Adam Cobaugh

Immunohematology, Volume 34 , ISSUE 2, 46–48

Article | 15-February-2021

An update on the Knops blood group system

J.M. Moulds

Immunohematology, Volume 35 , ISSUE 1, 16–18

Review | 01-December-2019

Allogeneic red blood cell adsorption for removal of warm autoantibody

Adsorption studies are usually required to confirm or rule out the presence of underlying alloantibodies in samples containing warm autoantibody. Allogeneic adsorptions are necessary if the patient has been recently transfused. Most commonly, allogeneic adsorptions are performed using a trio of phenotyped reagent red blood cells to rule out clinically significant alloantibodies to common antigens. The adsorbing cells may be used untreated or treated with enzymes or with ZZAP before adsorption

Christina Barron

Immunohematology, Volume 30 , ISSUE 4, 153–155

Article | 17-February-2021

Elimination of HLA antibodies by platelet adsorption

Introduction HLA antibodies are often a nuisance in antibody investigation and compatibility testing. These antibodies are often found in samples from multiply transfused patients who are refractory to platelet transfusion. They are common in multiparous women and can also develop spontaneously. Before the introduction of leukocyte reduction, HLA antibodies were known as a major cause of febrile transfusion reactions.1 HLA antibody reactivity may mask the presence of clinically significant red

J. Jung, C. Barron

Immunohematology, Volume 36 , ISSUE 1, 1–3

Review | 16-October-2019

A review of in vitro methods to predict the clinical significance of red blood cell alloantibodies

This review was derived from a presentation made on September 2, 2016, for the first Academy Day presented by the Working Party on Immunohematology at the International Society of Blood Transfusion (ISBT) Congress in Dubai. The focus of this review is on the clinical significance of alloimmunization in transfusion—specifically, the parameters that contribute to a clinically significant alloantibody. The areas of focus were as follows: Introduction, Technical Aspects, and Indications and

Sandra J. Nance

Immunohematology, Volume 34 , ISSUE 1, 11–15

Article | 17-November-2020

Correlation of monocyte monolayer assays and posttransfnsion survival of Yt(a+) red cells in patients with anti-Yta

significance of anti-Yta when samples for analysis were collected at least six weeks after initial detection ofthe antibody. Only 18.2 percent of those examples of anti-Yta tested appeared to be clinically significant.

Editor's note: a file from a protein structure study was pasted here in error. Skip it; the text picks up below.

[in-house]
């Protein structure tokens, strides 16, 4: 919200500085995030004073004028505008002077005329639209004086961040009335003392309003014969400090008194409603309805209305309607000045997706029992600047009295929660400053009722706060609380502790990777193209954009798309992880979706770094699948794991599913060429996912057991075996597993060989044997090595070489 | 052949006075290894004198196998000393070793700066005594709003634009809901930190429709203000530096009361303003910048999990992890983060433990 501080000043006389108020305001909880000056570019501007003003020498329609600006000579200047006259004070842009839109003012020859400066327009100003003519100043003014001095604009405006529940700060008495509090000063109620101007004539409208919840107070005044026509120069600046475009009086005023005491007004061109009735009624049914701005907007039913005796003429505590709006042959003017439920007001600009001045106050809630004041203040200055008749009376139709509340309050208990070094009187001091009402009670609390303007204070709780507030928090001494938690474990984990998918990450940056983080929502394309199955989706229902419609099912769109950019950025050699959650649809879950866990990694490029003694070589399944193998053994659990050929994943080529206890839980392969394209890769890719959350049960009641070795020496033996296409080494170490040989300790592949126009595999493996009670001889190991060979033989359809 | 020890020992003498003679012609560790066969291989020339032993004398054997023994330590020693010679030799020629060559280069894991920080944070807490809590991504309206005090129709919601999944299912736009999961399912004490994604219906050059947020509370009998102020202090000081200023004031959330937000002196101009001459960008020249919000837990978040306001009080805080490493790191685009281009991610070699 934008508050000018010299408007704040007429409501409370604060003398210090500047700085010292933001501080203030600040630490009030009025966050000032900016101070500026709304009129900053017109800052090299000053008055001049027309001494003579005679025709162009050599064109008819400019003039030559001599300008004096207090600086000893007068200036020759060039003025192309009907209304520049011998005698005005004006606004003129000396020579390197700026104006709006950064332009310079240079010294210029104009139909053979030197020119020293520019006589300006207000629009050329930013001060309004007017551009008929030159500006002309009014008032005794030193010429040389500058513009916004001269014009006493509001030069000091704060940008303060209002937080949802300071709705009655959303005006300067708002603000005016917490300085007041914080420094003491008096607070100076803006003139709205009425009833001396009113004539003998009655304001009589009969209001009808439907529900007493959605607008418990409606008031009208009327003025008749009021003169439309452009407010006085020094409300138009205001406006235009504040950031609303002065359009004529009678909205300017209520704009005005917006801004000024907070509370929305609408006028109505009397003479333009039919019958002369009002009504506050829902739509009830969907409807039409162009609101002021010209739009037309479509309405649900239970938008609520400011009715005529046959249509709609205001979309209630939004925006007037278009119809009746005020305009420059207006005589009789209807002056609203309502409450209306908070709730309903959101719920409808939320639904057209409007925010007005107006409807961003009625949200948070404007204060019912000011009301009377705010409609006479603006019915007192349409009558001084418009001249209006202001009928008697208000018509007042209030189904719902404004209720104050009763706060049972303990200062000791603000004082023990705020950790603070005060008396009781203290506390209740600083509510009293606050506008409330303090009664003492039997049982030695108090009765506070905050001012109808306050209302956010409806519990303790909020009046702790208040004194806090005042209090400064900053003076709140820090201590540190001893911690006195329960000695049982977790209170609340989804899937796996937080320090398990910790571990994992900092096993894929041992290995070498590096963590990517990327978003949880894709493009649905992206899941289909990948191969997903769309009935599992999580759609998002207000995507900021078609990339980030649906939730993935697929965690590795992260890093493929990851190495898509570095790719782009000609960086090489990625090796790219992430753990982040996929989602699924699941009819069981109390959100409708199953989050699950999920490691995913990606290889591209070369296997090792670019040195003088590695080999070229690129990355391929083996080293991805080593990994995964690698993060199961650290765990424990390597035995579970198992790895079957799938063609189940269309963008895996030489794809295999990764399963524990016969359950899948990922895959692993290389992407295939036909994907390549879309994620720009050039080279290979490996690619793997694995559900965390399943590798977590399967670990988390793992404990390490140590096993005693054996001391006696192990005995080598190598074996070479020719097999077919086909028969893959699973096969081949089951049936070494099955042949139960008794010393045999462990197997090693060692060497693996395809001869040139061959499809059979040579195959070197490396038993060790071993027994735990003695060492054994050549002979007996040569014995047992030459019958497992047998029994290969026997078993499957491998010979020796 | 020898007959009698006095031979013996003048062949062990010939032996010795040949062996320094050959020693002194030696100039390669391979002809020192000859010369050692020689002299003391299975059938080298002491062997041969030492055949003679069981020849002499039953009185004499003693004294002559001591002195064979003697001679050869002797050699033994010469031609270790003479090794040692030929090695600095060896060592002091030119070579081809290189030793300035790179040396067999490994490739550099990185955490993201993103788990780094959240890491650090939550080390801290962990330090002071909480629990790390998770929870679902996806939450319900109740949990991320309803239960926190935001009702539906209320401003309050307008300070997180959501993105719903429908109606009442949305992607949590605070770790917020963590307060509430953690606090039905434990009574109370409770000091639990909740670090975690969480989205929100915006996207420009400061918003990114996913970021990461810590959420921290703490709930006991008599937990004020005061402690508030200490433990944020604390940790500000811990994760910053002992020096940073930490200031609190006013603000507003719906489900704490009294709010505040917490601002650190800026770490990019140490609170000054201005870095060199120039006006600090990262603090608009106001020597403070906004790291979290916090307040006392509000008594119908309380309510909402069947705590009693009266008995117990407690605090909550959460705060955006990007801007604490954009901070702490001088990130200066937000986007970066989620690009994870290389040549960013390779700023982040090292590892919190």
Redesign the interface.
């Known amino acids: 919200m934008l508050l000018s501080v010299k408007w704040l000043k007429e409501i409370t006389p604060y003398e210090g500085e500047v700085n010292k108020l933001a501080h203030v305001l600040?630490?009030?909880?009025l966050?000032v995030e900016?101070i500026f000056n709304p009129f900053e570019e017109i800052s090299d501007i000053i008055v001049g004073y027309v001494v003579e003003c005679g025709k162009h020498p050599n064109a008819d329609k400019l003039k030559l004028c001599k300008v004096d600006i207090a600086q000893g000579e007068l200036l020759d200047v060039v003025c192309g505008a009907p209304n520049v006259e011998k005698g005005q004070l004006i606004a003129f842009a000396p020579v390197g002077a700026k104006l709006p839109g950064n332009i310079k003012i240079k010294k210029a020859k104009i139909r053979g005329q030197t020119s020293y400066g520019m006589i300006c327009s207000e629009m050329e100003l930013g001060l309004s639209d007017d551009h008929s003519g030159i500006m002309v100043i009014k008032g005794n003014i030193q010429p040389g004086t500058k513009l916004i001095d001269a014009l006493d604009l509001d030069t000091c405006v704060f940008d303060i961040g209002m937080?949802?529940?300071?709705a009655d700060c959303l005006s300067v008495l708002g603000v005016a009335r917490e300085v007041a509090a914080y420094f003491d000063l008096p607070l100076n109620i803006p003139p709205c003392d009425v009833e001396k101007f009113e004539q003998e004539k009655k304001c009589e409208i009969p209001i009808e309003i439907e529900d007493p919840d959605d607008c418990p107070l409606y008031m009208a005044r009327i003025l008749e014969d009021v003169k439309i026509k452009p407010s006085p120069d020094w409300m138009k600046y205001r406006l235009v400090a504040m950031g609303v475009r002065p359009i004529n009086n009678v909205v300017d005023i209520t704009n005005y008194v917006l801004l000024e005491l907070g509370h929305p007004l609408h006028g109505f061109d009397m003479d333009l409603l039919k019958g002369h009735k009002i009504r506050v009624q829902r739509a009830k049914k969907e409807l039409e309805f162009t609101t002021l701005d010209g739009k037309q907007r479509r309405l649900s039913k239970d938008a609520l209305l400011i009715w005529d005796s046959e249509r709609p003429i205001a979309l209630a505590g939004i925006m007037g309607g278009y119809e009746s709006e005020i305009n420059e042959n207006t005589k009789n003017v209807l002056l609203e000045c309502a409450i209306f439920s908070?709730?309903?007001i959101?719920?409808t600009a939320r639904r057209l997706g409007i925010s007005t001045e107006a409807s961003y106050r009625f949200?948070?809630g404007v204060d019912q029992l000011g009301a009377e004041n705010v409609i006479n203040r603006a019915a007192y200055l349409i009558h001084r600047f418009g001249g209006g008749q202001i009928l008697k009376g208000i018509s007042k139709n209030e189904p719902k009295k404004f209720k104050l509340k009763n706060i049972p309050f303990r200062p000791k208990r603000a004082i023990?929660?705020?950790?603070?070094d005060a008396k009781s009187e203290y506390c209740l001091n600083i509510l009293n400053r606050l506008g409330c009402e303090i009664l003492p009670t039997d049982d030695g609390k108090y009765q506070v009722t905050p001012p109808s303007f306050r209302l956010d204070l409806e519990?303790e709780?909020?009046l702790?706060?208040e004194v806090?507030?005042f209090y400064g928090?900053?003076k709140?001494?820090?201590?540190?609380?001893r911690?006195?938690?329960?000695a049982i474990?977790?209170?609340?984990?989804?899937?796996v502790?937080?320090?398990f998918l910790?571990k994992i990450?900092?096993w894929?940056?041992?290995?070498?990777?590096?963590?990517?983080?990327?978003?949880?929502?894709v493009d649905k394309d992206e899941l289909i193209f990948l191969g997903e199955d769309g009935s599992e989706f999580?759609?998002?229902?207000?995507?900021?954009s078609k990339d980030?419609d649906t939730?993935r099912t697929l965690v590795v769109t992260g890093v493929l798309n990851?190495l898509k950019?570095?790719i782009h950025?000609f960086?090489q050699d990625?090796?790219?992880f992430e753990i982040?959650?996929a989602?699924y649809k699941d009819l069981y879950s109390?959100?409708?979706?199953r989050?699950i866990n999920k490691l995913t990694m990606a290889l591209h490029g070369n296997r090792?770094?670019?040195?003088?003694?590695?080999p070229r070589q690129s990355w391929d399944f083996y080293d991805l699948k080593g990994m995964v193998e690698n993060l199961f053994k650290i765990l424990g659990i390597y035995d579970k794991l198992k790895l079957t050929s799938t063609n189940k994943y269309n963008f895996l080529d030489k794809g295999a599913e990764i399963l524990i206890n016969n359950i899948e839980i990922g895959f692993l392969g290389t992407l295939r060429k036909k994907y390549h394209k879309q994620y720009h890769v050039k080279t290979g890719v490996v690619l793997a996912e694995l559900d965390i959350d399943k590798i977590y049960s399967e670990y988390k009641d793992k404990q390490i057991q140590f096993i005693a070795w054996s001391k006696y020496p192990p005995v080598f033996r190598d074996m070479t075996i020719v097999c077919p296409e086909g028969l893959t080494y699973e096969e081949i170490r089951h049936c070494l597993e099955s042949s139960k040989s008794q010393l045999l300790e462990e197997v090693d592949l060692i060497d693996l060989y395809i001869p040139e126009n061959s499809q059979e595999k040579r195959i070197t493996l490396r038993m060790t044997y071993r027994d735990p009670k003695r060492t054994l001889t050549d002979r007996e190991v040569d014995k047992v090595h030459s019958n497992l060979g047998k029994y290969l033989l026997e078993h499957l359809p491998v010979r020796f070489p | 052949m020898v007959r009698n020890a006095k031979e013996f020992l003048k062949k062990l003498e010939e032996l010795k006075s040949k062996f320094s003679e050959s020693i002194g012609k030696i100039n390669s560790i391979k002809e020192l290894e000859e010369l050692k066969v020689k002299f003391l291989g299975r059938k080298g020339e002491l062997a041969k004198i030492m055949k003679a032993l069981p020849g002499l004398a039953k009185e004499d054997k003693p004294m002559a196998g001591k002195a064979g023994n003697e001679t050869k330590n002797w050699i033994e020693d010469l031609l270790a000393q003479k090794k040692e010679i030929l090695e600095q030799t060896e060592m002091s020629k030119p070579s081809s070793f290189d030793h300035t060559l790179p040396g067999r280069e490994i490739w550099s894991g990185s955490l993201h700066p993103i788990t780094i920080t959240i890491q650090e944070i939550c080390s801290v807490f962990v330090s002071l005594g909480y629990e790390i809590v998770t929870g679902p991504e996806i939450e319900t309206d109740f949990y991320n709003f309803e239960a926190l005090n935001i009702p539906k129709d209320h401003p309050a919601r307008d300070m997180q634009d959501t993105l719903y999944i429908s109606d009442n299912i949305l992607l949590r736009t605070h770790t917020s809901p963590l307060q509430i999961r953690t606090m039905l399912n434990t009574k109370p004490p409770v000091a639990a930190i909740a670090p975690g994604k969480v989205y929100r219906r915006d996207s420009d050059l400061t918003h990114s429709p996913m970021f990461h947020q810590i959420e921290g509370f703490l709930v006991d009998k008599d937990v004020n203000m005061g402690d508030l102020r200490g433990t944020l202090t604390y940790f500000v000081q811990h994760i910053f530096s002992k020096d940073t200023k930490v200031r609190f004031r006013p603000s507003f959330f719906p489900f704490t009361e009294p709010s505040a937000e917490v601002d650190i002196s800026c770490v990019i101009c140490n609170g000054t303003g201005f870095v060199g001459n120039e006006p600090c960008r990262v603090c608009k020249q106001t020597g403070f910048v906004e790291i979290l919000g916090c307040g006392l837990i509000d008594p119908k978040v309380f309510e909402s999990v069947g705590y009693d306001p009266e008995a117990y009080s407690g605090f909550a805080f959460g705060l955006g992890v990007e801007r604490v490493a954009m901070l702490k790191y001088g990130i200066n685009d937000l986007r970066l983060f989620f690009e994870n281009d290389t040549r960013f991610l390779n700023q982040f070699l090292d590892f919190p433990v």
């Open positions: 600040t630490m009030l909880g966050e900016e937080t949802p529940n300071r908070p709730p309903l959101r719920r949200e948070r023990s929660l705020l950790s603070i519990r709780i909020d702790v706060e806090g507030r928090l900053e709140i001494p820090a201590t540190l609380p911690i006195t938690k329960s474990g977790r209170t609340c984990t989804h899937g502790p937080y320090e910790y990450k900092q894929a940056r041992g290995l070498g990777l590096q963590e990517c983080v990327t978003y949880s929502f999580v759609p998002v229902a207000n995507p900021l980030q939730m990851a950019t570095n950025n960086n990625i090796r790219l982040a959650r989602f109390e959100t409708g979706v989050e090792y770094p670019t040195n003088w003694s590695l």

Robert J. Eckrich, Delores M. Mallory, S. Gerald Sandler

Immunohematology, Volume 11 , ISSUE 3, 81–84

Article | 17-February-2021

K antigens on neonatal red blood cells blocked by anti-K with titer of 32

J. Novoselac, M. Raos, G. Tomac, M. Lukić, B. Golubić Ćepulić

Immunohematology, Volume 36 , ISSUE 2, 54–57

Report | 16-October-2019

Method-specific and unexplained reactivity in automated solid-phase testing and their association with specific antibodies

The inherent tradeoff between sensitivity and specificity in the detection of unexplained antibodies has been the objective of many studies, editorials, and journal articles. Many publications note that no method is capable of detecting all clinically significant antibodies while avoiding all clinically insignificant antibodies. This study describes the frequency of nonspecific reactivity and unexplained reactivity in solid-phase testing, along with the subsequent development of specific

Mary E. Harach, Joy M. Gould, Rosemary P. Brown, Tricia Sander, Jay H. Herman

Immunohematology, Volume 34 , ISSUE 3, 93–97

Article | 17-November-2020

A simple screening method to evaluate the presence of alloantibodies with concomitant warm autoantibodies

and allogeneic adsorption. In 42 percent of the cases, all autoantibody reactivity was removed by both methods. No clinically significant alloantibodies were missed using serum dilution as compared to allogeneic adsorptions. We conclude that serum dilution is a simple, rapid way to initially assess tor the presence of alloantibodies that co-exist with autoantibodies.  

Ragnhild Øyen, Maria L. Angeles